Businesses and governments struggling to hire workers are looking increasingly to technology to address the problem, says the chief executive of CGI Inc. GIB-A-T, a Canadian IT and business consulting services company. In some cases, they’re finding that they didn’t need the employees to begin with.
Labour markets remain tight in several corners of the world and both private and public organizations are wrestling with how to attract employees, George Schindler said in an interview. At the same time, they’re trying to contain costs amid signs that the economic climate is weakening.
Montreal-based CGI is capitalizing on these business conditions, Mr. Schindler said. The company on Wednesday reported a first-quarter profit of $382.4-million or $1.60 per share as revenue climbed 12 per cent to $3.45-million. Bookings grew to $4-billion during the quarter with new business making up one-third of that total. Cash from operations hit a record $605-million.
“They’re looking for efficiencies, because they got open positions they can’t fill,” Mr. Schindler said of CGI’s clients. “It’s actually pretty pronounced in government. We went to one government agency and basically said, ‘Look, we can automate this. We can do this as managed service.’ ”
When the agency responded that it had employees doing that work and said it didn’t want to displace them, CGI showed the agency data indicating roughly half the jobs it was concerned about keeping were actually vacant. “We’re not eliminating people. We’re eliminating positions that aren’t filled,” Mr. Schindler said.
The investor exhilaration in tech stocks that built up during the coronavirus crisis is fading around the world and companies have slashed their payrolls in response to changing circumstances. CGI is bucking the trend. It is one of the few tech companies that still has its pandemic stock-market valuation.
CGI shares gained 4 per cent to close at $118.71 in trading on the Toronto Stock Exchange on Wednesday. The stock has climbed about 70 per cent since March 20, 2020, when the World Health Organization declared COVID-19 a global pandemic.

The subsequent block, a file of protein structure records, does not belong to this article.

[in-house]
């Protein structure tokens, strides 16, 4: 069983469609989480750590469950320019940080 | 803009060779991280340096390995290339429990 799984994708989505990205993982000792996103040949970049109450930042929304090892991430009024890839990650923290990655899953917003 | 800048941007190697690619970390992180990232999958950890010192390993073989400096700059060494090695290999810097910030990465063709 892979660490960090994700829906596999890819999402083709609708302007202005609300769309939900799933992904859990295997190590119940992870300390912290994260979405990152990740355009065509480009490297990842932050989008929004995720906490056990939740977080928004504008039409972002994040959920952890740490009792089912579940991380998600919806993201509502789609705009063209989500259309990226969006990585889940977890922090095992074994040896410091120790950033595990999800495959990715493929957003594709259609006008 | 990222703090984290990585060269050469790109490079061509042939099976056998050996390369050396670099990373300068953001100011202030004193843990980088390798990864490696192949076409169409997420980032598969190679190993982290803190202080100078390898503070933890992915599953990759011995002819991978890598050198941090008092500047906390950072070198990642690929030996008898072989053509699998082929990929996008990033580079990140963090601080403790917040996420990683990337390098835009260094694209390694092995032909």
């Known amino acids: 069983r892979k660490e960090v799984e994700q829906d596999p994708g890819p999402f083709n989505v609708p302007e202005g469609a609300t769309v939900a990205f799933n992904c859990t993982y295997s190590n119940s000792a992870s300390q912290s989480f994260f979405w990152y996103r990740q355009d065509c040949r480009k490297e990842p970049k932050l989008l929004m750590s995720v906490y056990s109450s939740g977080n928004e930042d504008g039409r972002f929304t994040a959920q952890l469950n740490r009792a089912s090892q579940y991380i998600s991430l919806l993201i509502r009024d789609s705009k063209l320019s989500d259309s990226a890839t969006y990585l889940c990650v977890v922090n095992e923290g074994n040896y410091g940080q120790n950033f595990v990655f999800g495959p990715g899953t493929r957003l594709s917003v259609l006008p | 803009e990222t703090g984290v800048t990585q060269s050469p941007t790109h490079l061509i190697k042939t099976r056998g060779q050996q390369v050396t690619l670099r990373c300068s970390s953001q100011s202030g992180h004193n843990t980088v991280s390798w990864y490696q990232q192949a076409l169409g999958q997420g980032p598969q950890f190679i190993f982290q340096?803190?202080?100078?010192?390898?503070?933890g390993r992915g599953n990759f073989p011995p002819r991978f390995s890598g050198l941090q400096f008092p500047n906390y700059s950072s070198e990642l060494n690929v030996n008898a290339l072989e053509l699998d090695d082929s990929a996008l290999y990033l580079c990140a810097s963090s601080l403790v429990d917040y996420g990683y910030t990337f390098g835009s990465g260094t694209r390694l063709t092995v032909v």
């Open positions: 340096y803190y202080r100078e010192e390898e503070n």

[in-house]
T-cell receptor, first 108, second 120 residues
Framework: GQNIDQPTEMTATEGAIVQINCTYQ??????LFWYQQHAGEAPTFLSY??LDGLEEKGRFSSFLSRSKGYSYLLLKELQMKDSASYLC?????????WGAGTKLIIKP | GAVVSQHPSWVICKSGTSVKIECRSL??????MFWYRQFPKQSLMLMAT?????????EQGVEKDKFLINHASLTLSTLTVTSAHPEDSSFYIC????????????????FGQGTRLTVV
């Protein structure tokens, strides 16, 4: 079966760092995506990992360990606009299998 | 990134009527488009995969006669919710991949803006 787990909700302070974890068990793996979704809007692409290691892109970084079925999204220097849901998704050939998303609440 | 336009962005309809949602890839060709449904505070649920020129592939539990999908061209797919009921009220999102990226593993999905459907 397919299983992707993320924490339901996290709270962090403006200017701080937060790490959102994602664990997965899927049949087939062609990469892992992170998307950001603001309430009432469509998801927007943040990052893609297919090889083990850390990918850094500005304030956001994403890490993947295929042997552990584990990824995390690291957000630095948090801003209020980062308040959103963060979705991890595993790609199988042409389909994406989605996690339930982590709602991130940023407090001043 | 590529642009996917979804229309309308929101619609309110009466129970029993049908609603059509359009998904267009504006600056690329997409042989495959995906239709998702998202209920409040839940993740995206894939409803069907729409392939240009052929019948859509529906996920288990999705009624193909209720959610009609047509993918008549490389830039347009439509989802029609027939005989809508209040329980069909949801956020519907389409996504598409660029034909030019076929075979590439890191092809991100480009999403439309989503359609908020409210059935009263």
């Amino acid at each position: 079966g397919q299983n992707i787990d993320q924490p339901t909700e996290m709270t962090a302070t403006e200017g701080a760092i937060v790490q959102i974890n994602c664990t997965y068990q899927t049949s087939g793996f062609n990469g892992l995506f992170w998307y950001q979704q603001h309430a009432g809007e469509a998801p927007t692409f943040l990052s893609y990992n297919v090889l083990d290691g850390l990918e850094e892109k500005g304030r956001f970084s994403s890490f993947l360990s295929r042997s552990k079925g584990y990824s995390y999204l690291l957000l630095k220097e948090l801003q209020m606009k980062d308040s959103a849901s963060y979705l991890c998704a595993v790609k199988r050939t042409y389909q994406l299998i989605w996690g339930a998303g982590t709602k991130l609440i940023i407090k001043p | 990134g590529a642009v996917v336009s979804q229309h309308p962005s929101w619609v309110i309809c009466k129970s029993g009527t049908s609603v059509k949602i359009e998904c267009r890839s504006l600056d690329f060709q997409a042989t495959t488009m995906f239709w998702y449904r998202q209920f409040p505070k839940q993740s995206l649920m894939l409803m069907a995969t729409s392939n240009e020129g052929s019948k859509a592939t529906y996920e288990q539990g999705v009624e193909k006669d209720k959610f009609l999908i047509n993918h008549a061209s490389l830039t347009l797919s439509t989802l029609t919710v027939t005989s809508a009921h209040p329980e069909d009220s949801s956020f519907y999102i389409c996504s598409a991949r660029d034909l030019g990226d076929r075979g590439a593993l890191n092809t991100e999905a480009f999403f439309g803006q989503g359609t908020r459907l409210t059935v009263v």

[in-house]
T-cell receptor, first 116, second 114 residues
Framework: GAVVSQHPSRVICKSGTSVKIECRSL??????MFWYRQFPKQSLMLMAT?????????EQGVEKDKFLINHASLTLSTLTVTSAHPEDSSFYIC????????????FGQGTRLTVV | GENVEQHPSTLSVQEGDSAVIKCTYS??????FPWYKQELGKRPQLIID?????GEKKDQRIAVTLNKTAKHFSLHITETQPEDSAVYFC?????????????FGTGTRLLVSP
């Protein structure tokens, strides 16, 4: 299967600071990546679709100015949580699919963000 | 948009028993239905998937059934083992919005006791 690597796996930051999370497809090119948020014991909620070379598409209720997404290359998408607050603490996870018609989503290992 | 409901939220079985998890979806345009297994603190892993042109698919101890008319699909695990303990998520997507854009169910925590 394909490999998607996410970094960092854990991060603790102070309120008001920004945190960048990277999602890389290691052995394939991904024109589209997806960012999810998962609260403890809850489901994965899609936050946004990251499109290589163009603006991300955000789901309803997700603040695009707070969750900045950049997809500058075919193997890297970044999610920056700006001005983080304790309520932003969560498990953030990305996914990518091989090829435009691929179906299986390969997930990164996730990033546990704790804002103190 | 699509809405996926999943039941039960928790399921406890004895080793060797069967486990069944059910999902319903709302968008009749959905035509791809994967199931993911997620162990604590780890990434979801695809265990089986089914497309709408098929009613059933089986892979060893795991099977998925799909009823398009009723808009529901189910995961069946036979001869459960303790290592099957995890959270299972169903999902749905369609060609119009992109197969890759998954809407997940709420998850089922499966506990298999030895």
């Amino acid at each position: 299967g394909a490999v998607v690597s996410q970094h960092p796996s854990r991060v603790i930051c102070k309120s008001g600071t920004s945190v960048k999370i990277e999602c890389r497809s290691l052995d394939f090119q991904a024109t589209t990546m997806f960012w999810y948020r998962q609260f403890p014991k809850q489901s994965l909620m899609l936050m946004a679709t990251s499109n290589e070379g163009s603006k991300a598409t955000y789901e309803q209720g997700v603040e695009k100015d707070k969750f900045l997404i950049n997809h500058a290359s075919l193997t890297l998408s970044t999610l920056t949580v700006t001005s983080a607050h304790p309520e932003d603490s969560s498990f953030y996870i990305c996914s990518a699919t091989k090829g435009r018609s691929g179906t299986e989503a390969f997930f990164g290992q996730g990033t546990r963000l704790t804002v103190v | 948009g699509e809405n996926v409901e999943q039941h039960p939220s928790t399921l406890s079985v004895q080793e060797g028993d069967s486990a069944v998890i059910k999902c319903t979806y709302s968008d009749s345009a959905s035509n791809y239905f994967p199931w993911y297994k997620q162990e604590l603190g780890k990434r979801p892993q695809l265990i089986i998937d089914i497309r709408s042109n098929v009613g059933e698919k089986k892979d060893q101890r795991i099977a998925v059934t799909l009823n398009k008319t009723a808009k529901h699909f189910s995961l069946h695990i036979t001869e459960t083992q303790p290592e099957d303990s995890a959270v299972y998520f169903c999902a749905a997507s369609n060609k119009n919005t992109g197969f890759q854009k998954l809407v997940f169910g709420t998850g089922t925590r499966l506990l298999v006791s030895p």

Inflationary pressure is increasing labour costs for CGI customers, said Julie Godin, the company’s executive vice-president of strategic planning and corporate development. “These climbing costs, combined with aging populations and with a shortage of talent, are forcing many of our clients to reconsider their recruitment strategies as well as how they use technology,” she said.
CGI has grown through acquisitions and is earmarking another $1-billion this year for buying opportunities. It is looking for deals in the United States, Germany and Britain in particular, Mr. Schindler said.
The company is also winning new business and shoring up deals with existing clients. New bookings in the quarter included a 10-year pact with the U.S. State Department that will see CGI deliver U.S. visa application services in India and a new four-year deal with the British government to help it on cybersecurity.
Asked to comment on how a potential change in governments in Canada and the United States could affect the business, Mr. Schindler said every government has historically recognized the need to invest in information technology. However, he said changes in government typically lead to new policies, which requires new support. “It’s no longer just people, it’s technology. So change is typically good for us.”
CGI held its annual general meeting online Wednesday after its earnings call. In response to a proposal by shareholder rights group Médac, CGI chairman Serge Godin said the corporation would recommend to its board that it agree to publish the language abilities of directors in its next management circular.
Médac is making a shareholder proposal to that effect this year for each of the 21 companies in which it is invested, including Canada’s big six banks and pillars of the Quebec corporate community such as Alimentation Couche-Tard Inc., Dollarama Inc. and CGI. Language is “a blind spot” for companies as it relates to diversity disclosure, the group has said.
Editor’s note: The figure for bookings in the latest quarter has been corrected in the online version of this story.